Emperia is using virtual reality to enhance the luxury e-commerce experience. Focused on bridging the gap between the virtual and the real, Emperia draws out the best of both worlds. Greg Larson explains how the platform is shaping the metaverse to make it actionable for brands.
The era of brands jumping onto a metaverse bandwagon is behind us. With little understanding of how it could tie into their business, marketing leaders often signed up to join digital spaces that they had no understanding of themselves.
Emperia is crafting a new era. One that is easy to access, rather than requiring users to download extra software; one where experiences are designed for each client, rather than carelessly flung into the same box. HSBC Metaverse Golf will no longer have Rabbids Lunar New Year on its doorstep (both genuine experiences available on The Sandbox this month). “Brands jumping into the metaverse quickly realised that the platforms they built on had no connection with their brand DNA or the quality and heritage they wanted to convey,” explains Fiona Disegni, Director of Partnerships at Emperia. “And there was no ability to buy directly.”
By connecting e-commerce tools with Epic Games' Unreal Engine to create visual experiences that are actually appealing, Emperia lets brands build activations in extended reality that can have a meaningful impact on the bottom line. In doing so, Fiona explains, “we can translate the value of web3 without creating any friction.”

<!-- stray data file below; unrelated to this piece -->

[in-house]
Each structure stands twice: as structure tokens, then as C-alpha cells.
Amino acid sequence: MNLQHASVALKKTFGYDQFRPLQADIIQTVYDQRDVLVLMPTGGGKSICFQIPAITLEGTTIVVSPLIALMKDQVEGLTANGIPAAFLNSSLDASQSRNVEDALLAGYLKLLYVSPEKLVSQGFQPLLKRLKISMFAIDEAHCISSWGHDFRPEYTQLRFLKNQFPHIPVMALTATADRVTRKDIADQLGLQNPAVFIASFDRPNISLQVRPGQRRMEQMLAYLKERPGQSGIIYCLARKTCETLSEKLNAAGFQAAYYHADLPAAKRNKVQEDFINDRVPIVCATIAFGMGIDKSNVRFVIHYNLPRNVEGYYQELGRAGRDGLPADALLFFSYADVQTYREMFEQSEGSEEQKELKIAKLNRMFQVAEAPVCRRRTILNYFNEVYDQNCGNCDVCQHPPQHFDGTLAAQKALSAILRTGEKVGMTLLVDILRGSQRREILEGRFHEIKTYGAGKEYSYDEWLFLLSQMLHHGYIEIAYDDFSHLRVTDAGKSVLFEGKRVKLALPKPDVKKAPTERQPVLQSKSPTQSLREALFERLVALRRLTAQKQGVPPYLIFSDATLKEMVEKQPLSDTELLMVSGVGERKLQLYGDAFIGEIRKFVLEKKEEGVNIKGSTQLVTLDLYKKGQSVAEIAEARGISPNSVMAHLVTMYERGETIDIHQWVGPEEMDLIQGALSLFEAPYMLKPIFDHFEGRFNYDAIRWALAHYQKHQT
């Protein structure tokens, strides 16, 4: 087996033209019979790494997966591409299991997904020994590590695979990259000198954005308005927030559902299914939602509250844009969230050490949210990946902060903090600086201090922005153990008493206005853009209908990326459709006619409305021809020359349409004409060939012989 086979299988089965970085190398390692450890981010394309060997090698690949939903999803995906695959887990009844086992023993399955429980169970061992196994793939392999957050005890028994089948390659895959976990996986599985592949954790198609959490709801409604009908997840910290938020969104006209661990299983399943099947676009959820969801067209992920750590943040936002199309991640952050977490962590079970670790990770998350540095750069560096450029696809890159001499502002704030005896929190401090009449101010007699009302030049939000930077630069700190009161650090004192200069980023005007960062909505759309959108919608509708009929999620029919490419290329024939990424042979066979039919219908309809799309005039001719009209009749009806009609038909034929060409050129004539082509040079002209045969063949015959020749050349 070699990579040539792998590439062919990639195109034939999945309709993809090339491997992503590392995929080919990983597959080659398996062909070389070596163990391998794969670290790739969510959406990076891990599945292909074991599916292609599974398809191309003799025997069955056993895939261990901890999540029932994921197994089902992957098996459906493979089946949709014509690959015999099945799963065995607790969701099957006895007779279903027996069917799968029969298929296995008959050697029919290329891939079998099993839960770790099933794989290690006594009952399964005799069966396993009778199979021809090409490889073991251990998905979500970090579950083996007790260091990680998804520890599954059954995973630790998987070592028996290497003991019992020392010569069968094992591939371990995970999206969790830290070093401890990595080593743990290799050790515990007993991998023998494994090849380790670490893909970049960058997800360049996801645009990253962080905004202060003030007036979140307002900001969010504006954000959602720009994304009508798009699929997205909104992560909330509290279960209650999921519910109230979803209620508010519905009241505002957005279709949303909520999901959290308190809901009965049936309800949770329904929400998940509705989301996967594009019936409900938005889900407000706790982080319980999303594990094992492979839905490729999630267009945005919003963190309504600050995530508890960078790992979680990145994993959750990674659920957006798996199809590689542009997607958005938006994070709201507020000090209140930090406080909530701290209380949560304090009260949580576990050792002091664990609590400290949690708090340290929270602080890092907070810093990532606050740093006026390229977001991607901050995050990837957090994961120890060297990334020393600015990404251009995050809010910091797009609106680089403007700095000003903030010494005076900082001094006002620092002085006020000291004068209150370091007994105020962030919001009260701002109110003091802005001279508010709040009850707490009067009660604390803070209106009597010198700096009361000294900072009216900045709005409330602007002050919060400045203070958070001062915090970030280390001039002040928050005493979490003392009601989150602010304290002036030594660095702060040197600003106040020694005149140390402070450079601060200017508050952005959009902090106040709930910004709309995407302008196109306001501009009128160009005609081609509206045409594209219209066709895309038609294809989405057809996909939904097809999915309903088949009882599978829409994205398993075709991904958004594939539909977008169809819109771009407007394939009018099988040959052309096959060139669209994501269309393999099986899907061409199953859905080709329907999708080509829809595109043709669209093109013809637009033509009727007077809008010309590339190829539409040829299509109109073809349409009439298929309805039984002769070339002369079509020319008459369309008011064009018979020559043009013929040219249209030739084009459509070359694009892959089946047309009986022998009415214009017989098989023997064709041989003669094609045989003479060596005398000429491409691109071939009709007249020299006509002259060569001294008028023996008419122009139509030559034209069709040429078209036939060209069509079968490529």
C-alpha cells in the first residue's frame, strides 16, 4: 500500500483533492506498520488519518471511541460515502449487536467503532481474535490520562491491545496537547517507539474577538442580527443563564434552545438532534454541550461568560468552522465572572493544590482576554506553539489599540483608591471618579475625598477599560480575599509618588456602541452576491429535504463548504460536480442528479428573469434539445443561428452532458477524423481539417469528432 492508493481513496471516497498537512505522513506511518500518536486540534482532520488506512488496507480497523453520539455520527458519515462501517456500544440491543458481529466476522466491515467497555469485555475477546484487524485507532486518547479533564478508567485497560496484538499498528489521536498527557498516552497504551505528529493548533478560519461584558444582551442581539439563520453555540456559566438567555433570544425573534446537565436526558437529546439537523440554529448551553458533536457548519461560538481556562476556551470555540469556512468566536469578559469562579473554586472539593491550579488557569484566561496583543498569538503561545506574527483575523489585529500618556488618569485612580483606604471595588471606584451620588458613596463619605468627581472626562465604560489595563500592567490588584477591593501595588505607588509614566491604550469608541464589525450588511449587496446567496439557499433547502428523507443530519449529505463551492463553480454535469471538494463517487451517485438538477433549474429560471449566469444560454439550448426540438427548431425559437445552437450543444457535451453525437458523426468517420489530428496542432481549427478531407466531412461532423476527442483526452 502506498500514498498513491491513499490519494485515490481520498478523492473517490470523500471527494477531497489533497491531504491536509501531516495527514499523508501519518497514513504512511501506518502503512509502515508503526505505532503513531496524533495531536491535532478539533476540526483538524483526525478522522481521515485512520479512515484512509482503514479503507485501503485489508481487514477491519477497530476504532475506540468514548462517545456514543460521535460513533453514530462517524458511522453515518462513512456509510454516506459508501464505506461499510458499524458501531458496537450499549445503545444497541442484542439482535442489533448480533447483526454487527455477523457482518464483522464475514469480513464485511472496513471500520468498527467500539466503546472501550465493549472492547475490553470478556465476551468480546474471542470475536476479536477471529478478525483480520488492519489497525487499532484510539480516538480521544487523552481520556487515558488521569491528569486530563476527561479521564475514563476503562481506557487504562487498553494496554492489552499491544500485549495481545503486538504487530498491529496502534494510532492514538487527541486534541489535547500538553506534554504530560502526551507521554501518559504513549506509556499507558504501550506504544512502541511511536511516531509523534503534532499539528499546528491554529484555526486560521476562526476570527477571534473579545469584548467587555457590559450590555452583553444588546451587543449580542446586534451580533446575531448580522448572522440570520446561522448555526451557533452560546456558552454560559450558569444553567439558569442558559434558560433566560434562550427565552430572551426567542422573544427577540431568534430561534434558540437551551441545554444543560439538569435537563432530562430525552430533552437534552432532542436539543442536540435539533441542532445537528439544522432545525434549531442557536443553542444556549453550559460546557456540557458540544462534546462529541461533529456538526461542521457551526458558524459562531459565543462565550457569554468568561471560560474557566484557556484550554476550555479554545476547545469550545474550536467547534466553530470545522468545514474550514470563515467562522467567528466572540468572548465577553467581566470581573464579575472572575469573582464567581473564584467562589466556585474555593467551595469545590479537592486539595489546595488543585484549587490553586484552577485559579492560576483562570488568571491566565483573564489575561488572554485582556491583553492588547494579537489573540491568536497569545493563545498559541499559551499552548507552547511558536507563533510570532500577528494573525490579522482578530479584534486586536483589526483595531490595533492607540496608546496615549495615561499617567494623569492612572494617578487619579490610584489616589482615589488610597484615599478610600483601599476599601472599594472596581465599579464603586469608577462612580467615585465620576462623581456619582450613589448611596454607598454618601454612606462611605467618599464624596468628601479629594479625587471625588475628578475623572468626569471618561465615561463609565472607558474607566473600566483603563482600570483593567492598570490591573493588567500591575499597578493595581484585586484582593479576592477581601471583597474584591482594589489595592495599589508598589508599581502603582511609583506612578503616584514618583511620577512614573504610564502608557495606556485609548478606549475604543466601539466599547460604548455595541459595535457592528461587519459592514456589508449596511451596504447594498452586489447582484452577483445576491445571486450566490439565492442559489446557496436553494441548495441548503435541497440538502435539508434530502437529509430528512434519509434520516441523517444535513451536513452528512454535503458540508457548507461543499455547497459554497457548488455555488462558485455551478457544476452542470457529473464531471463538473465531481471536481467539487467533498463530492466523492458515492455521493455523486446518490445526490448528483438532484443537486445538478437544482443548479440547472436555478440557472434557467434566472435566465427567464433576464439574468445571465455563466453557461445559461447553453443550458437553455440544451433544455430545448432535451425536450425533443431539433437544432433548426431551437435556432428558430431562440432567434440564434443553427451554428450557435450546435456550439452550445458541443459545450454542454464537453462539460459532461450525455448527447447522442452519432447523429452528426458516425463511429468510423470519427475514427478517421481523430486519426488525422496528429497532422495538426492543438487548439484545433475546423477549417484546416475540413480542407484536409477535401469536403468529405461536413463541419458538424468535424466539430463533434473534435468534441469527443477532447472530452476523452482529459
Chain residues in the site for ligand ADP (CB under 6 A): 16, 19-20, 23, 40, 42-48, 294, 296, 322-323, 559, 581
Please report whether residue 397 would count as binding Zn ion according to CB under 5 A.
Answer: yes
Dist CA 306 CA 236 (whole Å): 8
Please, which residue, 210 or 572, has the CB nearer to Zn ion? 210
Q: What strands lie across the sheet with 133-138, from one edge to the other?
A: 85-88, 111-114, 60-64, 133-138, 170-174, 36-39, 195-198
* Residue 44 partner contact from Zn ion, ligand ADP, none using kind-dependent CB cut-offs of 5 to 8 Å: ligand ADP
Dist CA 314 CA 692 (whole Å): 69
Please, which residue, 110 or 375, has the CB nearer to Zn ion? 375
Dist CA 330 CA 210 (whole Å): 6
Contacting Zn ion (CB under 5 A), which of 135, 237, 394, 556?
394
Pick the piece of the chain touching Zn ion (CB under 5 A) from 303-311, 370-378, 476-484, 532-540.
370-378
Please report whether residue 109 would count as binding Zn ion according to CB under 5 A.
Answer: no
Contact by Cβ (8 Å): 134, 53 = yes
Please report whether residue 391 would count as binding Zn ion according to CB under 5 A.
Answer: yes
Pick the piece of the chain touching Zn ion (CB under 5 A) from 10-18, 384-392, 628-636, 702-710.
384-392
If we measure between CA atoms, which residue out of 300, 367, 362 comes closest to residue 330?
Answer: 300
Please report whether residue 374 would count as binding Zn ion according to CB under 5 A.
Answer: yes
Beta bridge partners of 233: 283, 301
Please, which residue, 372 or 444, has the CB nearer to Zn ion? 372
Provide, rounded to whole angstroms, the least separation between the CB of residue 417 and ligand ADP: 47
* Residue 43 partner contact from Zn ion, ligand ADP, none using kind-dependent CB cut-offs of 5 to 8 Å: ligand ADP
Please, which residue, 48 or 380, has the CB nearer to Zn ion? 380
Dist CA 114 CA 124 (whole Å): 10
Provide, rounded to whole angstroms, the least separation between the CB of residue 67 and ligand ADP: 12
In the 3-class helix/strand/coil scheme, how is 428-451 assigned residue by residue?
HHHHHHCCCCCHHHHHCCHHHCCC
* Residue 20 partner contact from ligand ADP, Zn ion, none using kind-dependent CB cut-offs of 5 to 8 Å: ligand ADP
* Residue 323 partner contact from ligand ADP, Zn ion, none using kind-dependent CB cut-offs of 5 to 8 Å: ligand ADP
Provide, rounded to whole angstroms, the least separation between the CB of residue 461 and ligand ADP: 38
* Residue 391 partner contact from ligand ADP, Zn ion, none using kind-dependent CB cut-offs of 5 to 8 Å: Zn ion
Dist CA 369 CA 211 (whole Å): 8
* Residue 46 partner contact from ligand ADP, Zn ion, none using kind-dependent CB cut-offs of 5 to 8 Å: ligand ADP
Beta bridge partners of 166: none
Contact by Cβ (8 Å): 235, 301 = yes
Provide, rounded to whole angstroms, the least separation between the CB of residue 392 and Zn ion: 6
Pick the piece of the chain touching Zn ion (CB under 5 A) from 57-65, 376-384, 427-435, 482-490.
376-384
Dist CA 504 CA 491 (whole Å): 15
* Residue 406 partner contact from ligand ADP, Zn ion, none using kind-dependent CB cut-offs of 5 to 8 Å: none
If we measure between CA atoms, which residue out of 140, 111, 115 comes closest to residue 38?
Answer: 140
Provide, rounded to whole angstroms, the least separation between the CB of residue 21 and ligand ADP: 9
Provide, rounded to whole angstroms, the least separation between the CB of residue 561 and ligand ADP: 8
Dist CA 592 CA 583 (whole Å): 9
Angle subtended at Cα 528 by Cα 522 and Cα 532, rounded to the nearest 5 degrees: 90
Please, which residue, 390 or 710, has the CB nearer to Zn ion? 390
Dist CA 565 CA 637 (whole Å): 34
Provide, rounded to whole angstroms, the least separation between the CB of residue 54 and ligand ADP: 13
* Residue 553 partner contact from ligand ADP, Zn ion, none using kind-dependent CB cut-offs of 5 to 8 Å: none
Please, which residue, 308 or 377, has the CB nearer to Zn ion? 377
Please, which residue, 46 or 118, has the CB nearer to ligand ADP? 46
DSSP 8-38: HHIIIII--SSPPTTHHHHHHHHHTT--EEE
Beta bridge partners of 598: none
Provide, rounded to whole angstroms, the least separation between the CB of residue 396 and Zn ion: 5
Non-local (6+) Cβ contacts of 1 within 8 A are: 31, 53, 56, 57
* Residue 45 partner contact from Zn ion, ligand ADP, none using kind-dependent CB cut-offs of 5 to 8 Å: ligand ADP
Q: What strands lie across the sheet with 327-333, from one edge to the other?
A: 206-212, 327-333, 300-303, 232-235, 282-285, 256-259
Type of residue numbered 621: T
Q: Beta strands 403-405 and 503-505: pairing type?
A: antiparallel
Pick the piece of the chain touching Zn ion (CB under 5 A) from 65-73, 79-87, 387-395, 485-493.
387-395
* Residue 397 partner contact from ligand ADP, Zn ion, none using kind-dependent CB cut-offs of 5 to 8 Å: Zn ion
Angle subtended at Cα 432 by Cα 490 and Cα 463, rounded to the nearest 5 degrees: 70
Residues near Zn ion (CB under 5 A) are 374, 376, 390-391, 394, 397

“We augment virtual and physical experiences, rather than replace them.”
— Fiona Disegni, Director of Partnerships, Emperia
Its clients, which include Ralph Lauren and Lacoste, report a significant increase in engagement time when shoppers use their platform compared to other extended reality experiences. On average, customers spend 14 minutes interacting with Emperia experiences, accessed via a browser — a massive increase compared to the industry average of just 3 minutes that HSBC Metaverse Golf will expect on The Sandbox. Additionally, the platform has shown a 30% return visitor rate and a remarkable 70% increase in conversion rates.
More important yet, it scales: the first step for brands entering the metaverse is to do the status quo, but better, rather than reinventing the wheel. Emperia’s digital spaces, like a Swiss chalet for Ralph Lauren, can be accessed by anyone with an internet connection, with invitations to make a purchase distributed throughout the room.
Fiona says that what has made Emperia successful is their recognition that the metaverse is not meant to replace physical or virtual experiences — but rather serve as a bridge between the two. The aim is to “augment virtual and physical experiences rather than replace them.”
The company, which has offices in London and New York, sees its use of blockchain technology in the same way: supplementing the user experience rather than dominating it. This mentality is visible in their work with Lacoste.
That work with the French luxury brand happened in December 2022, blending metaverse and the blockchain long after they had left the trend of popular vernacular. Their virtual store includes spaces accessible only to Lacoste NFT holders, allowing them to purchase physical items not available to anyone else. The use case for token-gated commerce has already been embraced by Shopify, and Emperia found that using NFTs as a digital key had a high impact on driving traffic to the Lacoste website and stores with strong intent to purchase.
“Even people who don’t understand NFTs can understand the concept of using a key to access a secret room,” says Fiona. “If it weren’t for that metaverse aspect, many of those people might have never come to the Lacoste website, let alone visit a physical Lacoste store.”